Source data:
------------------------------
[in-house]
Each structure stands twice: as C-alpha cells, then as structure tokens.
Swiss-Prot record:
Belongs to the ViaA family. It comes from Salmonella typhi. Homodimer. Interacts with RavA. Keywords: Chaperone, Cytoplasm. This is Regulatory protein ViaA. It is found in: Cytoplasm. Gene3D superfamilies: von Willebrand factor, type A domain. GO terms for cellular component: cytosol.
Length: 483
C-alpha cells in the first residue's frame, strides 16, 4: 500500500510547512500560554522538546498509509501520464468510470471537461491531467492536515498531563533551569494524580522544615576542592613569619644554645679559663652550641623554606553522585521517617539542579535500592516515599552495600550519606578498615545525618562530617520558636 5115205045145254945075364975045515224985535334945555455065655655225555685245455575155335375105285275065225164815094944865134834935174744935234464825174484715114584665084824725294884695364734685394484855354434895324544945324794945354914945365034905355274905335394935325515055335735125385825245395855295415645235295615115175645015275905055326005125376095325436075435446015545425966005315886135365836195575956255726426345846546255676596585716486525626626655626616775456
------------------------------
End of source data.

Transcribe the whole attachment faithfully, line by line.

[in-house]
Each structure stands twice: as C-alpha cells, then as structure tokens.
Swiss-Prot record:
Belongs to the ViaA family. It comes from Salmonella typhi. Homodimer. Interacts with RavA. Keywords: Chaperone, Cytoplasm. This is Regulatory protein ViaA. It is found in: Cytoplasm. Gene3D superfamilies: von Willebrand factor, type A domain. GO terms for cellular component: cytosol.
Length: 483
C-alpha cells in the first residue's frame, strides 16, 4: 500500500510547512500560554522538546498509509501520464468510470471537461491531467492536515498531563533551569494524580522544615576542592613569619644554645679559663652550641623554606553522585521517617539542579535500592516515599552495600550519606578498615545525618562530617520558636 5115205045145254945075364975045515224985535334945555455065655655225555685245455575155335375105285275065225164815094944865134834935174744935234464825174484715114584665084824725294884695364734685394484855354434895324544945324794945354914945365034905355274905335394935325515055335735125385825245395855295415645235295615115175645015275905055326005125376095325436075435446015545425966005315886135365836195575956255726426345846546255676596585716486525626626655626616775456